Football coaches at Chestatee High School in Gainesville, Georgia are facing criticism for leading their team in prayer and including scripture on official team documents.
Jennifer Brown from the Gainsville Times reports that the Appignani Humanist Legal Center (AHLC) claims that the coaches are in violation of the establishment clause of the First Amendment that enforces separation of church and state and prohibits the government from favoring a religion over another.
The group, which is the legal branch of the American Humanist Association (AHA), is acting on behalf of a concerned citizen.
The spokesperson for the Hall County District, Gordon Higgins, says that the district is waiting to act once more research is done surrounding the allegations.
"Certainly adults shouldn't be leading children in prayers to any particular religion, but one thing we will stand behind is our students' right to prayer," said Hall Superintendent Will Schofield, who was out of town Tuesday and had not yet seen the letter.
Joshua Rhett Miller for Fox News reports, AHA attorney Monica Miller declares the actions of Head Coach Stan Luttrell unconstitutional.
"There's really no defense for doing this," AHA attorney Monica Miller told Fox News.. "It's not even solely student prayer — it's teachers and coaches praying with students. And we have reason to believe it's not an isolated event."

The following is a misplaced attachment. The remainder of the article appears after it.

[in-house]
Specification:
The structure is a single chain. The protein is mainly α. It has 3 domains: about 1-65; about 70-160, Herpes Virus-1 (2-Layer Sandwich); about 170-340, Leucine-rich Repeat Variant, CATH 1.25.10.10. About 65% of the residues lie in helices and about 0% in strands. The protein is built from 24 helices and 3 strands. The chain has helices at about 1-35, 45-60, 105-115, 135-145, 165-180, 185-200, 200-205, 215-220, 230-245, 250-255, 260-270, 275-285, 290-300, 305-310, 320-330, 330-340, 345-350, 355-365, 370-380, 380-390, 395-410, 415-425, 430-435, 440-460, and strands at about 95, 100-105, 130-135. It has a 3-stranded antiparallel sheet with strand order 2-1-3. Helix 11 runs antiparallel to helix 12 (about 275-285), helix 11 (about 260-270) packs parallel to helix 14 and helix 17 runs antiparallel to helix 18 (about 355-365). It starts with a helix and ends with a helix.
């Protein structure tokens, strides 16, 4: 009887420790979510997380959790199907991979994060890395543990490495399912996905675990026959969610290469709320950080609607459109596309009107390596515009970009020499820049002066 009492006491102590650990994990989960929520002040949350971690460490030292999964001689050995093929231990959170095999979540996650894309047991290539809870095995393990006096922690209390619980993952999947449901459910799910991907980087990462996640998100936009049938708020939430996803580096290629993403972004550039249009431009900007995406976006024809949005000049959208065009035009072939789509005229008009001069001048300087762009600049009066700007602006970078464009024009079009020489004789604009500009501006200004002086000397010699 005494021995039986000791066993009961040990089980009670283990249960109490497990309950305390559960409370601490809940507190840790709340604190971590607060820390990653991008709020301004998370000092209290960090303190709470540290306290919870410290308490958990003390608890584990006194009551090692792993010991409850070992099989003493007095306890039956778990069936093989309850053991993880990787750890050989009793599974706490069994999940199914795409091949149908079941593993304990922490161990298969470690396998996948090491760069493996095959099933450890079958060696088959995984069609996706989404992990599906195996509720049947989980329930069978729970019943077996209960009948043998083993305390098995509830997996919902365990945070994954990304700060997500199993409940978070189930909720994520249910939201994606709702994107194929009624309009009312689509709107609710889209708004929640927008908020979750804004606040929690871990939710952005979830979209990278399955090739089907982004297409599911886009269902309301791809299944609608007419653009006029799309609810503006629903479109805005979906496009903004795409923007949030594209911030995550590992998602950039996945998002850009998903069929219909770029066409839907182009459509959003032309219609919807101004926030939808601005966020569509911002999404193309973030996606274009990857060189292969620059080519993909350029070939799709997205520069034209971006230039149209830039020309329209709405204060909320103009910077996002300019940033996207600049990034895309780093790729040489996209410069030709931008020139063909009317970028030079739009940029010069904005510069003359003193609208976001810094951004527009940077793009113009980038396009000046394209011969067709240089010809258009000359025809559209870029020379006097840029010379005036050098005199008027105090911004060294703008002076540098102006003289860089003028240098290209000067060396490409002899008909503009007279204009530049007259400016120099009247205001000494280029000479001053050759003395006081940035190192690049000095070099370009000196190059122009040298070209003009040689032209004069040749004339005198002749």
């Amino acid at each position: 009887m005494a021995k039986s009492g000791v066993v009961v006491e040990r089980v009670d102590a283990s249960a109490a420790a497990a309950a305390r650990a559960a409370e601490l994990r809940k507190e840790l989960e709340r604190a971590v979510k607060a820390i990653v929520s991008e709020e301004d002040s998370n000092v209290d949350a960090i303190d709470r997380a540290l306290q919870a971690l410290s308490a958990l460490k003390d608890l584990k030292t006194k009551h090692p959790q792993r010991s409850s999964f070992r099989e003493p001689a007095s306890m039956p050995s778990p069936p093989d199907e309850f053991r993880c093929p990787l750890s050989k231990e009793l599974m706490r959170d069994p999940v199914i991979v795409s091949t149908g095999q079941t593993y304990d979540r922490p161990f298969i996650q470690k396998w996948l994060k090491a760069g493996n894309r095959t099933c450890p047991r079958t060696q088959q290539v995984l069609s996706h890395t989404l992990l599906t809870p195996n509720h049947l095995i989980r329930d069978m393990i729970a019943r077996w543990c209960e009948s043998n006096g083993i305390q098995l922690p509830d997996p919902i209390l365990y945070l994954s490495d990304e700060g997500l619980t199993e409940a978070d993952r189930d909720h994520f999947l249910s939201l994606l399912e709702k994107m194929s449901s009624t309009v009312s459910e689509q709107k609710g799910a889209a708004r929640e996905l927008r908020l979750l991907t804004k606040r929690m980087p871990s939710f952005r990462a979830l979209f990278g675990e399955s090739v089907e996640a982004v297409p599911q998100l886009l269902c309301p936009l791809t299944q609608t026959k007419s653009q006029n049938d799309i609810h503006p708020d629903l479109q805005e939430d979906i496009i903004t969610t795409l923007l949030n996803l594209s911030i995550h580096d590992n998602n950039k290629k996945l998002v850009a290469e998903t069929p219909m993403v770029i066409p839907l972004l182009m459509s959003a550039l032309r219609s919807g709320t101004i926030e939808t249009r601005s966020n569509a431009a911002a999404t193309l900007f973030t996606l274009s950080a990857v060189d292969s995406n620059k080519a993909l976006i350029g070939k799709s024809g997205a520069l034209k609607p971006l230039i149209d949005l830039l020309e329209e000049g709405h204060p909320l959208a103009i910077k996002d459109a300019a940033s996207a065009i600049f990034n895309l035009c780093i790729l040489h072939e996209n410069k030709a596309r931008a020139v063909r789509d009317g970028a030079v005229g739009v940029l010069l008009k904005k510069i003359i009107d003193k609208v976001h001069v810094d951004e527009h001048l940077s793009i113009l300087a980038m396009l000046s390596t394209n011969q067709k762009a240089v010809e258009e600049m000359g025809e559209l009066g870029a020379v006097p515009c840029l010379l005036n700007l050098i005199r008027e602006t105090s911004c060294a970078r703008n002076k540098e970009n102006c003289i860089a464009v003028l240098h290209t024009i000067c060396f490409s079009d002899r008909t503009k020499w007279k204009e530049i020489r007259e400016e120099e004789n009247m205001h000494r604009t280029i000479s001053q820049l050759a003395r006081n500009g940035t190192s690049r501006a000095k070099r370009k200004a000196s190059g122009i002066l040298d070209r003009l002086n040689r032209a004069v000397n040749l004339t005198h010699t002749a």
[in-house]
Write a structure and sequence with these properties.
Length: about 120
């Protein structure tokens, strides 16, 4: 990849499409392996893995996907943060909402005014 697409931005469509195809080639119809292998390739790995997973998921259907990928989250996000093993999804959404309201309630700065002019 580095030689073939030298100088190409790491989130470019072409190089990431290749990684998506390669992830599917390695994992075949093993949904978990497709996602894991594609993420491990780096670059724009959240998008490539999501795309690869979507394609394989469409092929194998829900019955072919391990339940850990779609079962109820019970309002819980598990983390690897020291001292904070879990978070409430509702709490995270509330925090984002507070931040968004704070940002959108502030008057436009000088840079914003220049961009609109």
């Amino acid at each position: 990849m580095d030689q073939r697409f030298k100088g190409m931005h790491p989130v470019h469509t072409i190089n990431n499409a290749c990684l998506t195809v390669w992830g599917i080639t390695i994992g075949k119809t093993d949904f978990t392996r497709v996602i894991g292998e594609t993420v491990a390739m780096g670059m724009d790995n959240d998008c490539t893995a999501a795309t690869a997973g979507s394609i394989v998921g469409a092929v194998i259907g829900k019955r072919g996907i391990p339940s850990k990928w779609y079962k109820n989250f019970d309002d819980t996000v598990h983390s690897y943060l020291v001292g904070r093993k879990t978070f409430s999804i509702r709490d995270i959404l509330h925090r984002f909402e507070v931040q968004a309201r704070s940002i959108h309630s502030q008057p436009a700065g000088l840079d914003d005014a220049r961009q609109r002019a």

In the letter that the AHLC wrote to the school's principal, chairman of the Board of Education and superintendent, the group sites the Lemon test. It state that the government proactive must "(1) have a secular purpose; (2) not have the effect of advancing or endorsing religion; and (3) not foster excessive entanglement with religion"
AHA gathered pictorial evidence to support its claims. The images included one of the team and coach holding hands in prayer and practice sheet with the text "Fortitude 2014, Gal. 6:9" written on it. Finally a picture of a banner created by cheerleaders that reads "Iron sharpens Iron, Proverbs 21:17".
In the letter, the school has been asked to discontinue prayer and remove the quoted scripture from official team worksheets and game day banners.
Locals in Gainesville, a town of 34,000 that is 54% white, have not taken kindly to the letter. An editorial written by Todd Starnes from Fox News says that 200 people attended an impromptu prayer rally in the middle of the Chestatee High School football field.
Locals took to the phone lines of the local radio station WDUN to air their greivances with the âattack'.
"I am a mom of two of the football players on the CHS football team and I consider it an honor and a privilege to have my boys on a team that is led by men that believe and trust in God," one caller said. "I think it's a shame for one person to try and take that away from them."
Congressman Collins asserts that the self-proclaimed atheist group is picking on high school students. He said he wants the students to know that he supports them and is praying for them.